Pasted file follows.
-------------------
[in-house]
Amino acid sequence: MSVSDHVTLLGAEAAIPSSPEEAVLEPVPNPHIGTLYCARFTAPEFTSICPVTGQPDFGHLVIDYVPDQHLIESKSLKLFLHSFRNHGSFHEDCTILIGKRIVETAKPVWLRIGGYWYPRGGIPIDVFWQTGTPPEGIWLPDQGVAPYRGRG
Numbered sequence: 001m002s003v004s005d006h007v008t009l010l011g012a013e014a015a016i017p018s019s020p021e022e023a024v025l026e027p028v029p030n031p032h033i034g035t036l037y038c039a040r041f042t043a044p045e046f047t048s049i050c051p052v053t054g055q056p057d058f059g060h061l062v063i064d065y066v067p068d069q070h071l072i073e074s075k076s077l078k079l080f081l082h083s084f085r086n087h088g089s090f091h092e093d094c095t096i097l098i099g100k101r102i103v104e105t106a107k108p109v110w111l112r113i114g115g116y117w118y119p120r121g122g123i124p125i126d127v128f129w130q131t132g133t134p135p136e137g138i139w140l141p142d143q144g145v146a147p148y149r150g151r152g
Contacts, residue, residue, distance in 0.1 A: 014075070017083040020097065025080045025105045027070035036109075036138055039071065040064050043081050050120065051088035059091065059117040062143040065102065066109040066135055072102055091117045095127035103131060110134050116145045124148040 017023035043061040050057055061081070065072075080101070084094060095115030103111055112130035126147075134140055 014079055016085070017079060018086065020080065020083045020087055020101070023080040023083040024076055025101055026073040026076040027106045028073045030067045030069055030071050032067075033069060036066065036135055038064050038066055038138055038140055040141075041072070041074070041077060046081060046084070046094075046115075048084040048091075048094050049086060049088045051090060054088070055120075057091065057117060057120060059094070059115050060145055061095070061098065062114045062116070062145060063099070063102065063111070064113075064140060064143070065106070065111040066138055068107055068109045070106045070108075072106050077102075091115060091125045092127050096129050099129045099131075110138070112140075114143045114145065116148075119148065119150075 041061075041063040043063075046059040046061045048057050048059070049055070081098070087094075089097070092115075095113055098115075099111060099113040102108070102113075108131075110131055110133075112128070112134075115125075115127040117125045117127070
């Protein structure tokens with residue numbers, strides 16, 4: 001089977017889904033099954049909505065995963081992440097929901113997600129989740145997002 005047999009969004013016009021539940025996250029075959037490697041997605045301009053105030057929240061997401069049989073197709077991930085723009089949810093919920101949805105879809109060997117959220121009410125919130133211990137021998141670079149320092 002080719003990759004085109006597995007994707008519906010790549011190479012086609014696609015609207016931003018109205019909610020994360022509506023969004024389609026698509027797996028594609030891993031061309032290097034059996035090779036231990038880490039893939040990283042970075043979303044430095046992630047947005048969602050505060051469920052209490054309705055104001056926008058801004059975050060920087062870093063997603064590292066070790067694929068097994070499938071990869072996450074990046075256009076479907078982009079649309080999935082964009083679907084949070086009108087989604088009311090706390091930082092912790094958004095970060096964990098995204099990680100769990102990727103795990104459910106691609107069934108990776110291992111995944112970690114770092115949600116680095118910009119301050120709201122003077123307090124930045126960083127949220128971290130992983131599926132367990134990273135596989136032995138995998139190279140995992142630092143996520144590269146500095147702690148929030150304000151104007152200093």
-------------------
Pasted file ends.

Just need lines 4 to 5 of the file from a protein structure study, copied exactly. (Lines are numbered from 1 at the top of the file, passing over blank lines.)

Contacts, residue, residue, distance in 0.1 A: 014075070017083040020097065025080045025105045027070035036109075036138055039071065040064050043081050050120065051088035059091065059117040062143040065102065066109040066135055072102055091117045095127035103131060110134050116145045124148040 017023035043061040050057055061081070065072075080101070084094060095115030103111055112130035126147075134140055 014079055016085070017079060018086065020080065020083045020087055020101070023080040023083040024076055025101055026073040026076040027106045028073045030067045030069055030071050032067075033069060036066065036135055038064050038066055038138055038140055040141075041072070041074070041077060046081060046084070046094075046115075048084040048091075048094050049086060049088045051090060054088070055120075057091065057117060057120060059094070059115050060145055061095070061098065062114045062116070062145060063099070063102065063111070064113075064140060064143070065106070065111040066138055068107055068109045070106045070108075072106050077102075091115060091125045092127050096129050099129045099131075110138070112140075114143045114145065116148075119148065119150075 041061075041063040043063075046059040046061045048057050048059070049055070081098070087094075089097070092115075095113055098115075099111060099113040102108070102113075108131075110131055110133075112128070112134075115125075115127040117125045117127070
């Protein structure tokens with residue numbers, strides 16, 4: 001089977017889904033099954049909505065995963081992440097929901113997600129989740145997002 005047999009969004013016009021539940025996250029075959037490697041997605045301009053105030057929240061997401069049989073197709077991930085723009089949810093919920101949805105879809109060997117959220121009410125919130133211990137021998141670079149320092 002080719003990759004085109006597995007994707008519906010790549011190479012086609014696609015609207016931003018109205019909610020994360022509506023969004024389609026698509027797996028594609030891993031061309032290097034059996035090779036231990038880490039893939040990283042970075043979303044430095046992630047947005048969602050505060051469920052209490054309705055104001056926008058801004059975050060920087062870093063997603064590292066070790067694929068097994070499938071990869072996450074990046075256009076479907078982009079649309080999935082964009083679907084949070086009108087989604088009311090706390091930082092912790094958004095970060096964990098995204099990680100769990102990727103795990104459910106691609107069934108990776110291992111995944112970690114770092115949600116680095118910009119301050120709201122003077123307090124930045126960083127949220128971290130992983131599926132367990134990273135596989136032995138995998139190279140995992142630092143996520144590269146500095147702690148929030150304000151104007152200093």